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Food Safety Issues For Small Businesses. U.S.U. Extension Food Quality & Entrepreneurship Karin Allen, Ph.D. June 10, 2014. Value-Added Foods. Local, organic, vine-ripened, or specialty crops “Gourmet” foods Jams, jellies, preserves Pickled vegetables Hot sauces, salsas, tapenades

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Food Safety Issues For Small Businesses


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    1. Food SafetyIssues For Small Businesses U.S.U. Extension Food Quality & Entrepreneurship Karin Allen, Ph.D. June 10, 2014

    2. Value-Added Foods • Local, organic, vine-ripened, or specialty crops • “Gourmet” foods • Jams, jellies, preserves • Pickled vegetables • Hot sauces, salsas, tapenades • Herbed oils and vinegars • Must meet safety and labeling requirements of certifying agency

    3. Processing Options:Contract Packaging – “Co-Packers” • Certified food production facilities • Will package your product in their down-time • Pro: Can sell to restaurants, grocers, distributors • Pro: Facility maintains FDA/USDA certification, not you • Con: Co-Packers typically have minimum runs that are larger than small businesses need

    4. Processing Options:Certified Food Establishments • Commercial kitchen, certified by a state or local health department • Incubator kitchens, restaurant kitchens • Pro: Can sell to restaurants, grocers, distributors • Pro: You control your own production rate • Con: Availability often limited and space is difficult to find

    5. Processing Options:Home Food Production Home kitchen, certified by state agency Program regulations and availability vary by state Pro: Less expensive than renting commercial kitchen space Con: Limited types of food can be prepared Con: Cannot sell to restaurants or distributors

    6. Processing Options:States allowing Home Production • Arizona: www.azdhs.gov/phs/oeh • California: takes effect Jan. 2013 • Colorado: www.cofarmtomarket.com • New Mexico: www.nmenv.state.nm.us • Oregon: www.oregon.gov/oda/fsd • Utah: ag.utah.gov/divisions/regulatory • Washington: agr.wa.gov/FoodAnimal • Wyoming: no registration required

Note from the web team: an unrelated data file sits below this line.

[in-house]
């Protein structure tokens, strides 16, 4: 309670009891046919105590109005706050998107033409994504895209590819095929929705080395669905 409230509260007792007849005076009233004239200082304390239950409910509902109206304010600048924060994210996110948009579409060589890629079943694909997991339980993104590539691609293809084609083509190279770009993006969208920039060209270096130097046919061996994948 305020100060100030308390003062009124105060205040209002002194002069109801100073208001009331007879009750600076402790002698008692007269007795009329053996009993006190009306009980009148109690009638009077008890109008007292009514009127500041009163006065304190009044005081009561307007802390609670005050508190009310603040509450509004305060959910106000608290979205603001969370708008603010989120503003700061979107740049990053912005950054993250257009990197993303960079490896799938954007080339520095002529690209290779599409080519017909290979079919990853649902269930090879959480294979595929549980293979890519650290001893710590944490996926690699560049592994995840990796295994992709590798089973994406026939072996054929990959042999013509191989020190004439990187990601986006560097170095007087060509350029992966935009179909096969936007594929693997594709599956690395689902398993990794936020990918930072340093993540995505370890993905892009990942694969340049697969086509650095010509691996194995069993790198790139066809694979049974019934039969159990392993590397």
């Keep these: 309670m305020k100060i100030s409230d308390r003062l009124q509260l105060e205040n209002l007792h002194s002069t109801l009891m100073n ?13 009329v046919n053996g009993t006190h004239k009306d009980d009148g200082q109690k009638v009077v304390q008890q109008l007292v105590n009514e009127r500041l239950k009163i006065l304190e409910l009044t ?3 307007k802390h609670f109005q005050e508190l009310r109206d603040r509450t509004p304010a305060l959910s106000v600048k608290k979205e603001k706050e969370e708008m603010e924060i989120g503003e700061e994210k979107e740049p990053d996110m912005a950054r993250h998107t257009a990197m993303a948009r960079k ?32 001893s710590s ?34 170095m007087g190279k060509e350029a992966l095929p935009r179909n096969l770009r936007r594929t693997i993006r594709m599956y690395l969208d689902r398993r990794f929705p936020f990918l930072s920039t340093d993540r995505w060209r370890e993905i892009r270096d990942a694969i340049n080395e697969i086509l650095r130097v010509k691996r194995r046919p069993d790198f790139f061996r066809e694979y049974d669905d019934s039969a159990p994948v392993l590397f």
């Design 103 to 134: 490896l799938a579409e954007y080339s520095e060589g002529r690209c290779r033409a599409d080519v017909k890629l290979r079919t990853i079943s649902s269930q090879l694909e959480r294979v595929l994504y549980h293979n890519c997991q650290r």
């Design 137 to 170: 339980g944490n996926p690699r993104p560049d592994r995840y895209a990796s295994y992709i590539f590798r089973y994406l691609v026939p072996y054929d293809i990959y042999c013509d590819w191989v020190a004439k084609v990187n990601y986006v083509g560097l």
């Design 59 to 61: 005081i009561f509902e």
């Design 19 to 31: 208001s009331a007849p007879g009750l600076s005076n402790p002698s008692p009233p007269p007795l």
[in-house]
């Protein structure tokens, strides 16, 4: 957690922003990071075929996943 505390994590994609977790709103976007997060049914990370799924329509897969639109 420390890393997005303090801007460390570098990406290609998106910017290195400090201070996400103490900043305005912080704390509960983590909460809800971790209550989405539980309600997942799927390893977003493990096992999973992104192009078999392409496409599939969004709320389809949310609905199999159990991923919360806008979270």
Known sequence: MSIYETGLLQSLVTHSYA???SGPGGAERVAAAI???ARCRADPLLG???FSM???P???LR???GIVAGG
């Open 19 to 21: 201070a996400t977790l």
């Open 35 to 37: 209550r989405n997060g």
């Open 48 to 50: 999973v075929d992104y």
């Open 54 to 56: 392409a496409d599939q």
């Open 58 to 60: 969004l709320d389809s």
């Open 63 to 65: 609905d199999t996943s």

7. Safety Issues to Consider How will you clean & sanitize? How will you prepare or cook your product to minimize safety risks? How will you package/protect your product? How will you store & display your product?

    8. Safety Definitions • Clean: Free of visible dirt or debris • Applies to whole, unprocessed foods • Sanitary: Free of disease-causing bacteria • Applies to processed foods & food contact surfaces • Spoilage bacteria are still present • Sterile: Free of all viable bacteria • Commercial sterility = 99.99% • 1 can in 10,000 will contain viable bacteria

    9. Safety IssuesKitchen Sanitation • Sanitize equipment and surfaces at start of production • 1 Tablespoon unscented bleach maximum per 1 gallon water (200 ppm) • Check sanitizer with test strips

    10. Safety IssuesKitchen Sanitation • Sanitize equipment and surfaces at start of production • 1 tbsp unscented bleach maximum per 1 gallon water (200 ppm) • Check sanitizer with test strips • Wipe up spills, sanitize during production • Check / refresh sanitizer every hour • Clean and sanitize equipment and surfaces at end of production

    11. Safety IssuesKitchen Sanitation • Commercial kitchens – 3 compartment sink • Scrape, pre-rinse station • Wash, rinse & sanitize sinks • Air dry • Modification for home kitchens • Scrape, wipe into garbage can • Wash & rinse in kitchen sink • Sanitize in separate tub or container • Air dry

    12. Limiting Bacterial GrowthWater Activity (Aw) • Bacteria must have water available to multiply • Aw is a measure of how much water is available, not how much is present • Add sugar or salt to lower Aw • Jams & jellies, candies, dressings • Remove water to lower Aw • Dried fruits, jerky

    13. Water Activity Amount of water that is “available” to microbes

    14. Limiting Bacterial GrowthAcidity (pH) Acid prevents germination of Clostridium botulinum spores (the bacteria that causes botulism poisoning) Naturally acidic foods can be canned without FDA certification Canning acidified or low acid foods can only be done at an FDA certified facility

    15. pH Most foods are between 7.0 (neutral) and 3.0 (acidic)

    16. Food Safety Resources • FDA Food Code Search “FDA food code” at www.fda.gov • State Extension Services • U.S.U. Extension Food Quality & Entrepreneurship Karin Allen, PhD karin.allen@usu.edu